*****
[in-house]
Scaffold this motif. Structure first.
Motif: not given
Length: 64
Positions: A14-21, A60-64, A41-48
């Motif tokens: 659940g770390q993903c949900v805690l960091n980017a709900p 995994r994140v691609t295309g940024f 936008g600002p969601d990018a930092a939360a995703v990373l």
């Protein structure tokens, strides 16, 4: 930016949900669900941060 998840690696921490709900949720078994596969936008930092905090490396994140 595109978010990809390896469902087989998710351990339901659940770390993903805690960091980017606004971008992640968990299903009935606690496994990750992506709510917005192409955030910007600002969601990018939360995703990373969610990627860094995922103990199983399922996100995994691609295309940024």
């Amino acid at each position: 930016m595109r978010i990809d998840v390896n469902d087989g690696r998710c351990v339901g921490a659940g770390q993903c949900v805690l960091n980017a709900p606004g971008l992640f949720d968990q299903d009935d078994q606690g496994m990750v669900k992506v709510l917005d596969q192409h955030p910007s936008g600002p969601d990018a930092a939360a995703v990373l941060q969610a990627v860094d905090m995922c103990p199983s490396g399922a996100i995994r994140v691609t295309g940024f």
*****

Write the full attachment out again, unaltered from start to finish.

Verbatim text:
[in-house]
Scaffold this motif. Structure first.
Motif: not given
Length: 64
Positions: A14-21, A60-64, A41-48
């Motif tokens: 659940g770390q993903c949900v805690l960091n980017a709900p 995994r994140v691609t295309g940024f 936008g600002p969601d990018a930092a939360a995703v990373l």
């Protein structure tokens, strides 16, 4: 930016949900669900941060 998840690696921490709900949720078994596969936008930092905090490396994140 595109978010990809390896469902087989998710351990339901659940770390993903805690960091980017606004971008992640968990299903009935606690496994990750992506709510917005192409955030910007600002969601990018939360995703990373969610990627860094995922103990199983399922996100995994691609295309940024």
């Amino acid at each position: 930016m595109r978010i990809d998840v390896n469902d087989g690696r998710c351990v339901g921490a659940g770390q993903c949900v805690l960091n980017a709900p606004g971008l992640f949720d968990q299903d009935d078994q606690g496994m990750v669900k992506v709510l917005d596969q192409h955030p910007s936008g600002p969601d990018a930092a939360a995703v990373l941060q969610a990627v860094d905090m995922c103990p199983s490396g399922a996100i995994r994140v691609t295309g940024f």